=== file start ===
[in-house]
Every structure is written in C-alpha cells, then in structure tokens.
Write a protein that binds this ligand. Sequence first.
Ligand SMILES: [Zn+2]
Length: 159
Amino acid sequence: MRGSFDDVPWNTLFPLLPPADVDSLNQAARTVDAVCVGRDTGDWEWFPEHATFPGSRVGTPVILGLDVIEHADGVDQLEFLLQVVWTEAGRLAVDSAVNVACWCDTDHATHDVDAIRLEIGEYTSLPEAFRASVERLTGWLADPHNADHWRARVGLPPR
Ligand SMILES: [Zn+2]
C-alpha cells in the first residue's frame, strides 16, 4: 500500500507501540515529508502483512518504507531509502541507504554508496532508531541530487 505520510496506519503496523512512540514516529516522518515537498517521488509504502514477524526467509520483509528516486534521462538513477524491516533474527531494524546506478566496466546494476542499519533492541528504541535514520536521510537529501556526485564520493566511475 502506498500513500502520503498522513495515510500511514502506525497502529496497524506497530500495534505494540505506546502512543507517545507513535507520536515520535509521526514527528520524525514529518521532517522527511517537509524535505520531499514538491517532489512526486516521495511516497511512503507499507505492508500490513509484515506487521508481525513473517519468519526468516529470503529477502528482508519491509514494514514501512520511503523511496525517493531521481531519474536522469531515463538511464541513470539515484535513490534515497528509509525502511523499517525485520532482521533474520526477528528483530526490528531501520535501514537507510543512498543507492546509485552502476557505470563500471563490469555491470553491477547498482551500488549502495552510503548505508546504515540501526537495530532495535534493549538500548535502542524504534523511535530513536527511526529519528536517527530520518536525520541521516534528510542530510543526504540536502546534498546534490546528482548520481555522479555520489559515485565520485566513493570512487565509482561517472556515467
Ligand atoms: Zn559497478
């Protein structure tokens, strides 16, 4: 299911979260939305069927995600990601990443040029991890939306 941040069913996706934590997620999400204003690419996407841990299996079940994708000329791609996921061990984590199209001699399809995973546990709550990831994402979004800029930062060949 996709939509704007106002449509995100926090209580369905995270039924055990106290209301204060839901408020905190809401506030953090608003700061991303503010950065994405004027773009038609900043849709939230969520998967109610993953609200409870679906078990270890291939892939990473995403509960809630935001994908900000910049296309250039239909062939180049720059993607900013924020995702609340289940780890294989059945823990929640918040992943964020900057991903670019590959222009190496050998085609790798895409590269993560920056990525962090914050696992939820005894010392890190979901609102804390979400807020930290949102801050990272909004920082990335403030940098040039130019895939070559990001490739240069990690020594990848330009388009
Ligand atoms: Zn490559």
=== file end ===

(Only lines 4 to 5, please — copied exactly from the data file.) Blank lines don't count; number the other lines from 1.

Ligand SMILES: [Zn+2]
Length: 159